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Discussion Starter · #1 ·
I am just installing new headlamps in my 73 vette. I have put semi sealed beams with 55/65w globes in the hi/low lamps and have put 100w sealed beams in the high beams.
My question is - do I need a separate relay for each globe, or can I just one one relay for the high beams and one for the low beams.

Sorry if this has been asked before.

Jeremy
 

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jjl said:
I am just installing new headlamps in my 73 vette. I have put semi sealed beams with 55/65w globes in the hi/low lamps and have put 100w sealed beams in the high beams.
My question is - do I need a separate relay for each globe, or can I just one one relay for the high beams and one for the low beams.

Sorry if this has been asked before.

Jeremy
1 for high and 1 for low as long as the relay is rated high enough to hadle the load.
 

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30 amp relays will do fine, just use #10 wire from the power source on one side of the normally open relay contacts and #10 wire from the other side of the normally open contacts to the lamps.

FWIW, use a quality #10 wire. I have found the wire typically available in my local auto parts stores is very cheap quality with insulation that melts very easily when soldering on connectors. The quality wire from places like Painless and American Auto Wire does not do this. The quality wire will be GXL rated which means it's a high heat resistant insulation.

Vince
 

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Doc here, :pimp:

To Calculate for Contact ratings, apply a little OHM's law:

I=P/E..

OR , in your case, 65 watts / 14.4 Volts (operating speed voltage) = 4.51 Amps Draw Per Lamp...

30 Amp Contact ratings should be more than enough to handle the Draw.

You Should use TWO relays, One for High Beam, One for Low Beam to eliminate the draw OFF the switch gear and on to the RELAY contacts. (more power to the lamps, and longer Switchgear life)

The 10 gauge upgrade is , (RELAY CONTACTS to Battery and lamps) as was said , needed to help deliver that load to the lamp circuits without heat or current losses, the RELAY COIL wires (the ones coming from the switch in the car to the engine bay) May remain 12 or 14 Gauge stock wire ( They Will now only be handling about an amp..as opposed to full lamp current.)

MAKE sure you Find a GOOD bonded ground for the relay coil grounds on the Vette..you could end up with fluttering Headlamps when you hit bumps if you don't...

Doc :pimp:
 

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Discussion Starter · #6 ·
Thank you everyone for your adice re the relays.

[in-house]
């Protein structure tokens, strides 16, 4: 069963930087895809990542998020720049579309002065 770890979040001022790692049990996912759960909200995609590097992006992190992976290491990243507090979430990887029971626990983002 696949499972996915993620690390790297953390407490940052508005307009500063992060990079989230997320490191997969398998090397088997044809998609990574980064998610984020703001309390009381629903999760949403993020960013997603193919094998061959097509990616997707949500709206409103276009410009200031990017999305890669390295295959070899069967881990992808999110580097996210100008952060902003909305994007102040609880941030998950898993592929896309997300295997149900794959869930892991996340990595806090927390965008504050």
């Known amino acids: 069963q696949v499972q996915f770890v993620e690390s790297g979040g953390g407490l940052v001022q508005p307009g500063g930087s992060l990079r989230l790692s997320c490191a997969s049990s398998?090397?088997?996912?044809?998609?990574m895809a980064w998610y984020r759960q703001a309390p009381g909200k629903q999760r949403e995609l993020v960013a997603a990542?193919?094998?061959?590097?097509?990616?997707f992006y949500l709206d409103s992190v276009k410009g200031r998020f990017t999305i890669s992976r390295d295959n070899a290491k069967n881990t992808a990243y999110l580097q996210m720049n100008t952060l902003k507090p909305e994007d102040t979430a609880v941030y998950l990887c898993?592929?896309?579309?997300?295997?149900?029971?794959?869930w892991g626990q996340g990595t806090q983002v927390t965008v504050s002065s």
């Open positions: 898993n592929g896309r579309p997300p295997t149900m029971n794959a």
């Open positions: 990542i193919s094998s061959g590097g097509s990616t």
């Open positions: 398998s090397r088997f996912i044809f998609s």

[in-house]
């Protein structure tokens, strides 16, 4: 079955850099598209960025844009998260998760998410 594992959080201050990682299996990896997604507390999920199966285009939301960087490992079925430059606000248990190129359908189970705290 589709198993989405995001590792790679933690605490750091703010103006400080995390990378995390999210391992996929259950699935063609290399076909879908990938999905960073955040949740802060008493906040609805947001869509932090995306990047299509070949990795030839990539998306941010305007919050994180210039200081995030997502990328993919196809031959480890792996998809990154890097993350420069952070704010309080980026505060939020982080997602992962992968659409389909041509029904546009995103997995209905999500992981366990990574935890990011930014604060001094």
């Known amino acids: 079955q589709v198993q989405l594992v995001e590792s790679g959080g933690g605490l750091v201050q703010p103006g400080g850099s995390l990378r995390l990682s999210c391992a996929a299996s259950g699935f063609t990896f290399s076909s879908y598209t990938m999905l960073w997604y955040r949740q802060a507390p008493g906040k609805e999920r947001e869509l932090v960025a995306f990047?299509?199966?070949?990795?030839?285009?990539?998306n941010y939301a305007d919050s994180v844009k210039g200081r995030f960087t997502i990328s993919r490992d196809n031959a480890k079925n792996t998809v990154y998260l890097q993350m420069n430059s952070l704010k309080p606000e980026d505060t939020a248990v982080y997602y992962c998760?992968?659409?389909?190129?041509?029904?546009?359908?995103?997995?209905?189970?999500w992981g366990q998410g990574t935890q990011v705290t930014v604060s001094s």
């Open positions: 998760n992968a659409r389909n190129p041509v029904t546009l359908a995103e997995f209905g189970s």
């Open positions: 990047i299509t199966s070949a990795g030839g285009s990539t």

I have two relays (30amp) and will set them up as described.
I will put a fuse on each circuit as well just to be on the safe side.
 

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jjl said:
Thank you everyone for your adice re the relays.
I have two relays (30amp) and will set them up as described.
I will put a fuse on each circuit as well just to be on the safe side.
A fuse for the dims and a fuse for the brights would be advisable.

Vince
 

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Mrwood said:
Why cant you just use fuses and do away with the relays. Are the relays something we have to use.

Doc here, :pimp:

A relay is a remote switch..

It operates a set of high current capable contacts, from a low current control point..

A relay coil generally pulls about an amp..this means to energize the relay , I don't have to run high current through a dash switch, or hi/low switch, the switch gear will last forever, AND I have no heat loss (wasted energy, doing no useful work) to the lighting system from the switch.

The Contacts of the relay are doing the high current work, 20, 30, 40 and sometimes more amps, and with the proper size wire, will deliver the maximum current from the source (Battery direct) to the Load (The lighting system)

The result is switchgear that lasts forever, No heat loss, no potential overloads and fire, and the lamps shine about double the lumen's over stock.

Doc :pimp:
 

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Mrwood said:
Ok i understand. Guess i better do some rewiring on my light system. Thanks for the reply.
Doc here, :pimp:

It's not mandatory to do an a sock car, But a Very nice addition, makes the lights much brighter, and switches last forever..IT IS if you add High Current headlamps..the stock system usually won't support the draw..

As important as the relay , is running 10 gauge wire from the relay center wiper to the headlamps, AND 10 gauge wire from the fuse link or maxi and battery, to the center wiper of the relay..The coil wires can remain stock from the switches (usually 12 or 14 gauge) as they will now only be controlling a relay coil , about an amp.



  • Mechanically install your Relays out here in a dry place away from fuel, hydraulic, lines and rotating parts, securely mount them.

  • Cut and remove the wires going to the head lamps , replace them with 10 gauge wire..

  • The 2 wires Coming from the switch, (the other side of the headlight wires you cut) , determine which is low beam and which is high beam, each of these wires will go to terminal # 85 (RELAY COILS) of each relay. (one high, one low beam.)
  • RELAY COIL #86 = properly bonded , hard body ground. use star washers and burnish paint.
  • RELAY CONTACT #87 NORMALLY OPEN = (both relays) 10 gauge wire goes to a proper fuse link, then to the battery OR starter solenoid battery terminal.
  • RELAY CONTACT # 30 CENTER WIPER= (Both Relays) goes to the headlamps, One to high beam terminal, the other to the low beam terminals.
  • RELAY CONTACT # 87A NORMALLY CLOSED is not used for this application.

You'll be happy you did install them though..great for night driving.

Doc :pimp:
 
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